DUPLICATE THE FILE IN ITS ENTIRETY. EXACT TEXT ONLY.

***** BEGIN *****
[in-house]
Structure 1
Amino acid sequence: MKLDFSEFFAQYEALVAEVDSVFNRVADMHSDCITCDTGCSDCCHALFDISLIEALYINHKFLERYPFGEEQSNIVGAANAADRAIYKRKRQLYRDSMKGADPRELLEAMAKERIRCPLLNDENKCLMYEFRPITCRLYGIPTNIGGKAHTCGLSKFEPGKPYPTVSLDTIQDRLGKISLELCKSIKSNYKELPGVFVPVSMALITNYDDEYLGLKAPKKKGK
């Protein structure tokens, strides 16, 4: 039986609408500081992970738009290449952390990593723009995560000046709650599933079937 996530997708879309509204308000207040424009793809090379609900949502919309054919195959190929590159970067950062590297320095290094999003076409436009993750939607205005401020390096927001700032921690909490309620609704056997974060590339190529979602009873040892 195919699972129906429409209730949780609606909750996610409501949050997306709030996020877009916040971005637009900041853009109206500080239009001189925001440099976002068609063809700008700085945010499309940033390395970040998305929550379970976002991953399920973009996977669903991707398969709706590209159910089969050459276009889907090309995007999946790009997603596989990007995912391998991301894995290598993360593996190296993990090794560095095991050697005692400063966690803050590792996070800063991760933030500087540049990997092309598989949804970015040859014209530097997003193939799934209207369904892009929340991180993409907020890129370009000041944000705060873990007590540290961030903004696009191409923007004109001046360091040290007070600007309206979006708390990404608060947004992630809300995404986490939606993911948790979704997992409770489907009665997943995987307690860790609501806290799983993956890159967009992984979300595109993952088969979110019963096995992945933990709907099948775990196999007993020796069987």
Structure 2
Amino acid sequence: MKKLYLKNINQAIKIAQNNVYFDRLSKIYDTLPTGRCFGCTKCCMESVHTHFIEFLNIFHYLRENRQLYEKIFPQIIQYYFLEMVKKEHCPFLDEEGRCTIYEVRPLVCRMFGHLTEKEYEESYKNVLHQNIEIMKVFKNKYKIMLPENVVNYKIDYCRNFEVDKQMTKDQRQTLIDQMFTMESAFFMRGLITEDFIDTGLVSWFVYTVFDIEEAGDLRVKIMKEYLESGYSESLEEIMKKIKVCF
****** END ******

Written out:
[in-house]
Structure 1
Amino acid sequence: MKLDFSEFFAQYEALVAEVDSVFNRVADMHSDCITCDTGCSDCCHALFDISLIEALYINHKFLERYPFGEEQSNIVGAANAADRAIYKRKRQLYRDSMKGADPRELLEAMAKERIRCPLLNDENKCLMYEFRPITCRLYGIPTNIGGKAHTCGLSKFEPGKPYPTVSLDTIQDRLGKISLELCKSIKSNYKELPGVFVPVSMALITNYDDEYLGLKAPKKKGK
């Protein structure tokens, strides 16, 4: 039986609408500081992970738009290449952390990593723009995560000046709650599933079937 996530997708879309509204308000207040424009793809090379609900949502919309054919195959190929590159970067950062590297320095290094999003076409436009993750939607205005401020390096927001700032921690909490309620609704056997974060590339190529979602009873040892 195919699972129906429409209730949780609606909750996610409501949050997306709030996020877009916040971005637009900041853009109206500080239009001189925001440099976002068609063809700008700085945010499309940033390395970040998305929550379970976002991953399920973009996977669903991707398969709706590209159910089969050459276009889907090309995007999946790009997603596989990007995912391998991301894995290598993360593996190296993990090794560095095991050697005692400063966690803050590792996070800063991760933030500087540049990997092309598989949804970015040859014209530097997003193939799934209207369904892009929340991180993409907020890129370009000041944000705060873990007590540290961030903004696009191409923007004109001046360091040290007070600007309206979006708390990404608060947004992630809300995404986490939606993911948790979704997992409770489907009665997943995987307690860790609501806290799983993956890159967009992984979300595109993952088969979110019963096995992945933990709907099948775990196999007993020796069987």
Structure 2
Amino acid sequence: MKKLYLKNINQAIKIAQNNVYFDRLSKIYDTLPTGRCFGCTKCCMESVHTHFIEFLNIFHYLRENRQLYEKIFPQIIQYYFLEMVKKEHCPFLDEEGRCTIYEVRPLVCRMFGHLTEKEYEESYKNVLHQNIEIMKVFKNKYKIMLPENVVNYKIDYCRNFEVDKQMTKDQRQTLIDQMFTMESAFFMRGLITEDFIDTGLVSWFVYTVFDIEEAGDLRVKIMKEYLESGYSESLEEIMKKIKVCF